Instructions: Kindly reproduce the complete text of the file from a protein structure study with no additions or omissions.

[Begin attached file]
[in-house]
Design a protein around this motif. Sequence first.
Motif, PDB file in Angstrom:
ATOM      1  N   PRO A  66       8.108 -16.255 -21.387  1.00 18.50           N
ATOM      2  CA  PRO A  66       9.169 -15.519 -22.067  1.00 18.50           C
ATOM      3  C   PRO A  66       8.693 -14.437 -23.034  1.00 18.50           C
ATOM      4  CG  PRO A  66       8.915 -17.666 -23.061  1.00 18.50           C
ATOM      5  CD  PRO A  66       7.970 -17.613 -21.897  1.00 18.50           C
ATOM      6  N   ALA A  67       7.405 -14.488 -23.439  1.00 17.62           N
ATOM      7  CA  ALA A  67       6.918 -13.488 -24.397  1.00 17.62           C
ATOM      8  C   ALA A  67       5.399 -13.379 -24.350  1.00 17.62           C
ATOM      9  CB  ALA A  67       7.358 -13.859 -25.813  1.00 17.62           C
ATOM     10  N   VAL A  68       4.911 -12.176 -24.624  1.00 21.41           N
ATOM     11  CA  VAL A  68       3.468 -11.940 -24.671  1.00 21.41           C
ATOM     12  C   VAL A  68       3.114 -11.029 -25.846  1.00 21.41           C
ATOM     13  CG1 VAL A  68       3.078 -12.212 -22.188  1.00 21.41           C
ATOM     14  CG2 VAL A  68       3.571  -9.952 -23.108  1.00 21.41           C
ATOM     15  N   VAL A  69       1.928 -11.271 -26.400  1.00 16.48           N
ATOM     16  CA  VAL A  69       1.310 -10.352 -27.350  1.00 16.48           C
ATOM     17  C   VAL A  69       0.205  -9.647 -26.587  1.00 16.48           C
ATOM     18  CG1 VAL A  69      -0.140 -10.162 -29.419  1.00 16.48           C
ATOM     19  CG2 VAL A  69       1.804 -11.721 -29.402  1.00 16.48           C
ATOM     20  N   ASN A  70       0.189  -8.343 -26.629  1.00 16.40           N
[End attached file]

[in-house]
Design a protein around this motif. Sequence first.
Motif, PDB file in Angstrom:
ATOM      1  N   PRO A  66       8.108 -16.255 -21.387  1.00 18.50           N
ATOM      2  CA  PRO A  66       9.169 -15.519 -22.067  1.00 18.50           C
ATOM      3  C   PRO A  66       8.693 -14.437 -23.034  1.00 18.50           C
ATOM      4  CG  PRO A  66       8.915 -17.666 -23.061  1.00 18.50           C
ATOM      5  CD  PRO A  66       7.970 -17.613 -21.897  1.00 18.50           C
ATOM      6  N   ALA A  67       7.405 -14.488 -23.439  1.00 17.62           N
ATOM      7  CA  ALA A  67       6.918 -13.488 -24.397  1.00 17.62           C
ATOM      8  C   ALA A  67       5.399 -13.379 -24.350  1.00 17.62           C
ATOM      9  CB  ALA A  67       7.358 -13.859 -25.813  1.00 17.62           C
ATOM     10  N   VAL A  68       4.911 -12.176 -24.624  1.00 21.41           N
ATOM     11  CA  VAL A  68       3.468 -11.940 -24.671  1.00 21.41           C
ATOM     12  C   VAL A  68       3.114 -11.029 -25.846  1.00 21.41           C
ATOM     13  CG1 VAL A  68       3.078 -12.212 -22.188  1.00 21.41           C
ATOM     14  CG2 VAL A  68       3.571  -9.952 -23.108  1.00 21.41           C
ATOM     15  N   VAL A  69       1.928 -11.271 -26.400  1.00 16.48           N
ATOM     16  CA  VAL A  69       1.310 -10.352 -27.350  1.00 16.48           C
ATOM     17  C   VAL A  69       0.205  -9.647 -26.587  1.00 16.48           C
ATOM     18  CG1 VAL A  69      -0.140 -10.162 -29.419  1.00 16.48           C
ATOM     19  CG2 VAL A  69       1.804 -11.721 -29.402  1.00 16.48           C
ATOM     20  N   ASN A  70       0.189  -8.343 -26.629  1.00 16.40           N